After last year’s elections, Baldwin and Casey gave presentations to their Democratic colleagues during caucus meetings, detailing how their campaigns were successful. More than half a dozen of those colleagues are now running or exploring presidential bids.

In interviews, Baldwin and Stabenow pointed out local issues critical to their states’ voters, including natural resources and the Great Lakes. Baldwin also cited prescription drug pricing, manufacturing and agriculture as issues she campaigned on.

Casey, who won by 13 percentage points in Pennsylvania over former Rep. Lou Barletta, a close Trump ally, said the key to his victory was not only surging turnout in urban and suburban areas but cutting down losing margins in rural areas that had overwhelmingly backed Trump. He said that is the road map for how the Democratic presidential nominee can flip the state in 2020.

“We showed in 2018 that you can do very well in traditionally strong areas for Democrats like urban and suburban communities and still do well enough in places where Democrats have taken heavy losses over the years,” Casey said.

Casey also pointed to 2008 to argue Democrats shouldn’t ignore Pennsylvania in the primary. Obama lost the state to Clinton that year, but Casey said his investment competing in the primary helped Obama lay the groundwork to campaign successfully in the general.

“I’m hoping that some candidates who may only be focused on the near-term primaries and caucuses will also try to plant a flag in Pennsylvania,” Casey said.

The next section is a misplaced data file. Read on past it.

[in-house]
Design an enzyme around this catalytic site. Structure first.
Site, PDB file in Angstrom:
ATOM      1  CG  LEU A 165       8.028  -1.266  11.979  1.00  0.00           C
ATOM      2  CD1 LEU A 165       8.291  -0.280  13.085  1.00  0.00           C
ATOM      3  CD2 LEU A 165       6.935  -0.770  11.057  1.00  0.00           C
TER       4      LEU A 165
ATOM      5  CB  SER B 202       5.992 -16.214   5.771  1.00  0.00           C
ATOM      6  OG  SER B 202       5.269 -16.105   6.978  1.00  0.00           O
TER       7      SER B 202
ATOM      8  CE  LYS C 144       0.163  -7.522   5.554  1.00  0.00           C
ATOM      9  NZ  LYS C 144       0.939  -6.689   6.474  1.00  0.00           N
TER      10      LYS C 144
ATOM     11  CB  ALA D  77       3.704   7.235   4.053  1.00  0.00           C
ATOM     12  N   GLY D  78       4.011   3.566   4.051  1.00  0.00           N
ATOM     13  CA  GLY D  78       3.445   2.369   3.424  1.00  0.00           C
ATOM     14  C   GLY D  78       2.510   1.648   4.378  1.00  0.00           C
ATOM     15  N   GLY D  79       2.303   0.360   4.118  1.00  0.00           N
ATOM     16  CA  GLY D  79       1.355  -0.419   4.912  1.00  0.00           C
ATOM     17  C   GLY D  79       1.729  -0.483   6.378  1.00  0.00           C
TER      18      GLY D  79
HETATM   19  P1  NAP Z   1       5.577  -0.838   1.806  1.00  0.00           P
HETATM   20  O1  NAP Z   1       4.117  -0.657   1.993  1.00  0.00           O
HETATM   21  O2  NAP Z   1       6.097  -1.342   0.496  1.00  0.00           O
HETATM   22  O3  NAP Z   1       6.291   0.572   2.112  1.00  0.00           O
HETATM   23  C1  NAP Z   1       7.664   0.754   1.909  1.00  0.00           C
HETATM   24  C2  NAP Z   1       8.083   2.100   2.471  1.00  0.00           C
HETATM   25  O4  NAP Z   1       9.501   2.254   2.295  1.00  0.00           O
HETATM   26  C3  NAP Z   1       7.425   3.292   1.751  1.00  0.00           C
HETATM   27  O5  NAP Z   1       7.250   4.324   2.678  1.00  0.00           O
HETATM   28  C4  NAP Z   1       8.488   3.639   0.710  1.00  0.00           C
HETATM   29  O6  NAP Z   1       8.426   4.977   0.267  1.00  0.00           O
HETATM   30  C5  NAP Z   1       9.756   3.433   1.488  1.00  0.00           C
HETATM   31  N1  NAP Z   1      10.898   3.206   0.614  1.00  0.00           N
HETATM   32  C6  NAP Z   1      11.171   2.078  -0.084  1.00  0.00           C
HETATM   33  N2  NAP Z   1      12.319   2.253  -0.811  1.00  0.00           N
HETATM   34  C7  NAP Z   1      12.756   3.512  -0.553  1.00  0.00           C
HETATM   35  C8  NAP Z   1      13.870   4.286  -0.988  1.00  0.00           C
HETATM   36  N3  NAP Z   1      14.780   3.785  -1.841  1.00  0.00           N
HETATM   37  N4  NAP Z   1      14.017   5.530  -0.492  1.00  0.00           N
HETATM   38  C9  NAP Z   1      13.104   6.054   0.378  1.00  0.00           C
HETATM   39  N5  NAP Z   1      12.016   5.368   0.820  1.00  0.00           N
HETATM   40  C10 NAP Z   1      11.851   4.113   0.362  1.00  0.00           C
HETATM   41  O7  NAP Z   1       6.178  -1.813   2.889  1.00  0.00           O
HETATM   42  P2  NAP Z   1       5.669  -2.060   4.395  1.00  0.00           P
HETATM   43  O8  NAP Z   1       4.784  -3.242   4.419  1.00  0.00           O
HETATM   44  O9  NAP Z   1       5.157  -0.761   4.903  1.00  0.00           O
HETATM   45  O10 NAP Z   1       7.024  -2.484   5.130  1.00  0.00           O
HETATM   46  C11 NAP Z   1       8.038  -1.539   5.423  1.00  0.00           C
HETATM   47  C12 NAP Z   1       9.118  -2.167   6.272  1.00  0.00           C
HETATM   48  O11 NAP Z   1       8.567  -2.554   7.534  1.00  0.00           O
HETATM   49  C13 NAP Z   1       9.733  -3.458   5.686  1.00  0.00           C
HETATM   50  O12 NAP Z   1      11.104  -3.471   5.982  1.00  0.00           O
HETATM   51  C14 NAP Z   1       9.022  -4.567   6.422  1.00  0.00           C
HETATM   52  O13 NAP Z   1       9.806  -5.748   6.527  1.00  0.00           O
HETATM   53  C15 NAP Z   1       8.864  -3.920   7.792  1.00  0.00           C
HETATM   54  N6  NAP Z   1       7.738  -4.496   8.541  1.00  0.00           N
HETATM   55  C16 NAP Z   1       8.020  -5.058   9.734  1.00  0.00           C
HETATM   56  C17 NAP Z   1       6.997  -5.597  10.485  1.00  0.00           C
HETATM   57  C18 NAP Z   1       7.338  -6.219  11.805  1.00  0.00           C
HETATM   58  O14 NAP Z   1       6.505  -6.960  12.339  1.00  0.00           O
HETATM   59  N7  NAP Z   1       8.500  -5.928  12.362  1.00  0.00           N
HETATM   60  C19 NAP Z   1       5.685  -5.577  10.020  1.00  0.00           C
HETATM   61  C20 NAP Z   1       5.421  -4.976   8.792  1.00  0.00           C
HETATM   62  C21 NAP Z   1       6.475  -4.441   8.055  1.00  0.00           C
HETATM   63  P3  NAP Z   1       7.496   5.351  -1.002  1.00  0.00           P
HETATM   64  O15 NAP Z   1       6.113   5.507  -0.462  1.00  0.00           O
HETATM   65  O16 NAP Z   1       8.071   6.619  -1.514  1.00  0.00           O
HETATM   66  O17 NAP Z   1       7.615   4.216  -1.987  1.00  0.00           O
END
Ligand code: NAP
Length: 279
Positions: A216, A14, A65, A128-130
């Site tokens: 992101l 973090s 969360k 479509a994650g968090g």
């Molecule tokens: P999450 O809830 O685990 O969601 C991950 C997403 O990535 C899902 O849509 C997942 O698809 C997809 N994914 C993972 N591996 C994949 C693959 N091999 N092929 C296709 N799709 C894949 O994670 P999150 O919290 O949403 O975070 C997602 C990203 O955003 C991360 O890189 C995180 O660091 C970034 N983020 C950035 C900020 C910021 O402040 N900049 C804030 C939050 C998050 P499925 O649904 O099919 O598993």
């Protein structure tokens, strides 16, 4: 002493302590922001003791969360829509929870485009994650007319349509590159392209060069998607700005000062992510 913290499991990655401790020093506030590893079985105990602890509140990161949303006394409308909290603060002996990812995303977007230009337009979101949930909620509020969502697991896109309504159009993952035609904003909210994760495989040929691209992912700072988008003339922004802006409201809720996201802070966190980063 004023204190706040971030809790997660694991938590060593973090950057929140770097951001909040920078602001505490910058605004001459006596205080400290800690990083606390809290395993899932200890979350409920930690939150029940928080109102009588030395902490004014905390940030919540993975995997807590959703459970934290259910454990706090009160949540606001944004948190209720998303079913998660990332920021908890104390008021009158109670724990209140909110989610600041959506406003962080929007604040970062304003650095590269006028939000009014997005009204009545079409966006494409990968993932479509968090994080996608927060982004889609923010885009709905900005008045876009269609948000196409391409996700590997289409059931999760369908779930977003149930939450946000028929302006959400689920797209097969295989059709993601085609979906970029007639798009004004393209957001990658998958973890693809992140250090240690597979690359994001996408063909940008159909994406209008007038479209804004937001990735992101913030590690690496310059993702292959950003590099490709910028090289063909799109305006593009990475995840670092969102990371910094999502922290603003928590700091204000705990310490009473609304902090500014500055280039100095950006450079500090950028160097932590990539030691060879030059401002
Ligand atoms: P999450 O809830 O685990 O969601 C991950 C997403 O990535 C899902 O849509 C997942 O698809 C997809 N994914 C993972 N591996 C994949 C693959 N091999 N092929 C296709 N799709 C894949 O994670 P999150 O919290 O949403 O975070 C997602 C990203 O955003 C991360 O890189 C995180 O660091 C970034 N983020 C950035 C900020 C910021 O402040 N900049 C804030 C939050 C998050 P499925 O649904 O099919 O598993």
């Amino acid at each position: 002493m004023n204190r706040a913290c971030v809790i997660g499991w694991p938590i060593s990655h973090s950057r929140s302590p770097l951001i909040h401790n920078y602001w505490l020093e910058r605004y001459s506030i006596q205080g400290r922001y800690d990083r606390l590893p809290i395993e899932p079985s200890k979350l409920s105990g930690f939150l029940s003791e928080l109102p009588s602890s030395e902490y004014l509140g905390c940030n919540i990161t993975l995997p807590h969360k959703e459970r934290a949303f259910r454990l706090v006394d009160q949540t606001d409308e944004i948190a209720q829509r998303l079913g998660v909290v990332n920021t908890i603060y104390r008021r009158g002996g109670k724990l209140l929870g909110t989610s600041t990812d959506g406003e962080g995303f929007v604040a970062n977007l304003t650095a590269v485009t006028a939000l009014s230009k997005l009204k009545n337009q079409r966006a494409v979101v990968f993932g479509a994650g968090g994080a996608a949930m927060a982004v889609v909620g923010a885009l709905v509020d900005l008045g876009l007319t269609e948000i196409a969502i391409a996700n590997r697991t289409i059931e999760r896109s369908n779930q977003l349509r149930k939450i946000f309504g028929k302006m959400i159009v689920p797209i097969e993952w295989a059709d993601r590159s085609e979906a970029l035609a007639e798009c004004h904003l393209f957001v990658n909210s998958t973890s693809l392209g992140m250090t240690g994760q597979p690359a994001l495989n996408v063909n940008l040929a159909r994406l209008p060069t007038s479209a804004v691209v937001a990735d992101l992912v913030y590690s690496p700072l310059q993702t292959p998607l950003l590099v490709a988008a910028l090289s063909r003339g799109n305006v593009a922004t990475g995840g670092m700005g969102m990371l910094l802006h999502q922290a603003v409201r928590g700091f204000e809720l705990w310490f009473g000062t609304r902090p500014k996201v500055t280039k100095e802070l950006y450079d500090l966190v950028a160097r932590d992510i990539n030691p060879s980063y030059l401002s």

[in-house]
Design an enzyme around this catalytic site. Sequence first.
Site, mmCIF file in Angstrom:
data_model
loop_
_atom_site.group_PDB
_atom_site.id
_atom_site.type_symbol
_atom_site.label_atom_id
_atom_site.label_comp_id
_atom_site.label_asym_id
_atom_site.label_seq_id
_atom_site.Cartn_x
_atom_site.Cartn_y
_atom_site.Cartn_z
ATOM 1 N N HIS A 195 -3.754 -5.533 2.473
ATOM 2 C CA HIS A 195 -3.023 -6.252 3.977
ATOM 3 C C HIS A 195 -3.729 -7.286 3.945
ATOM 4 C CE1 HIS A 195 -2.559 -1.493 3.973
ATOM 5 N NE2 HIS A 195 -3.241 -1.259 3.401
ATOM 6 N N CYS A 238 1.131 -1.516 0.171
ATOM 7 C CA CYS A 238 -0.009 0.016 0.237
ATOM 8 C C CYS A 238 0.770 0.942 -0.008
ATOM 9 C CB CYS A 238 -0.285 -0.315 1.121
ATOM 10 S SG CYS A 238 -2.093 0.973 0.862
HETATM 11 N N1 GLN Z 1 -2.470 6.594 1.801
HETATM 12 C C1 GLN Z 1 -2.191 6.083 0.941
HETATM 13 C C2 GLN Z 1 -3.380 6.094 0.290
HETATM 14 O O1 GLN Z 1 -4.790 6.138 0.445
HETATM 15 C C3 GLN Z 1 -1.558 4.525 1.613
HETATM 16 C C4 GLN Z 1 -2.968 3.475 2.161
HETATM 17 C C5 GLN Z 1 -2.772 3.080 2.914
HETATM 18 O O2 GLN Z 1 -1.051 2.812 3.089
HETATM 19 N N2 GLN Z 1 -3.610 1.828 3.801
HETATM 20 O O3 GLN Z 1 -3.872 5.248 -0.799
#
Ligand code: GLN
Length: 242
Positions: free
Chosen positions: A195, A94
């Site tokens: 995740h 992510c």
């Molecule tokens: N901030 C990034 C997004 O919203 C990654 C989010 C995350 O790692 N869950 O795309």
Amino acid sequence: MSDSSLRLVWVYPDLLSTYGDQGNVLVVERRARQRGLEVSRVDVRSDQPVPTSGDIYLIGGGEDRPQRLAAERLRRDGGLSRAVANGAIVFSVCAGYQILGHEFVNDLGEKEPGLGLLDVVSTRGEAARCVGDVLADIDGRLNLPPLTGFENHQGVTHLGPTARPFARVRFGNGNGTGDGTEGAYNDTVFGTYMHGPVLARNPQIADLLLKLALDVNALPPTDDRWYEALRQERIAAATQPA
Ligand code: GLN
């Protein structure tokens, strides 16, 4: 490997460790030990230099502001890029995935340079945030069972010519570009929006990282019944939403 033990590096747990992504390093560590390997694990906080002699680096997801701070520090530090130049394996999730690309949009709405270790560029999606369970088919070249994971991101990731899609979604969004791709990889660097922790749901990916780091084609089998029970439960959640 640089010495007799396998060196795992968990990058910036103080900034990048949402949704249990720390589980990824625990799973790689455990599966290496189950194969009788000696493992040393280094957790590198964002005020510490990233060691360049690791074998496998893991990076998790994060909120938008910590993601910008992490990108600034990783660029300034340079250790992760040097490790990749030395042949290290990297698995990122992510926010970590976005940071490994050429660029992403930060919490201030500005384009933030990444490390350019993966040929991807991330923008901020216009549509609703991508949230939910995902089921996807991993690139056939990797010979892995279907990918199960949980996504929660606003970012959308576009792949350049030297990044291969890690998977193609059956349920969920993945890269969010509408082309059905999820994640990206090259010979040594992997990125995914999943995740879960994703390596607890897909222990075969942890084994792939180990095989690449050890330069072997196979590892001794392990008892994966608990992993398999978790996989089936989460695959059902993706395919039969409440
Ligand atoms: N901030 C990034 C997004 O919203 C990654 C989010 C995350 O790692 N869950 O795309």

Michigan and Wisconsin also have history as critical primaries, even though they aren’t early on the calendar. Sen. Bernie Sanders’ upset win in Michigan in 2016 gave his campaign a major boost of energy. And Wisconsin doesn’t share a primary day with other states, meaning it could provide a singular opportunity for candidates to win an attention-grabbing victory.

None of the senators said they had plans to endorse a candidate. Baldwin said she was focused on the general election, and Stabenow said she was inclined not to endorse but hadn’t decided. Casey said he wasn’t sure, adding that he doubted endorsements would hold significant sway with voters.

The Democratic governors of the Midwest have been free with their own advice for 2020 contenders, too. Fresh off 2018 victories, Wisconsin Gov. Tony Evers, Michigan Gov. Gretchen Whitmer, and Pennsylvania Gov. Tom Wolf are expecting an influx of 2020 Democratic candidates to sit down with them for advice about campaigning in the region. The common advice among those leaders is to not overdo it.

“People like their leaders to be reasonable and find common ground,” Evers said in an interview at the recent National Governors Association meeting.

Brown and Casey both flirted with presidential runs, and Brown traveled extensively to early primary states to tout his message about the “dignity of work.” When he decided against a bid last week, he said he had seen Democrats already in the race adopt his message and was confident it would continue to resonate even if he weren’t running.

Brown then received an outpouring of praise on Twitter from presidential candidates, and he said he’s since heard from several candidates eager for his input.

“They call after somebody gets out,” Brown said. “They become your good friends all of the sudden.”

Christopher Cadelago contributed to this report.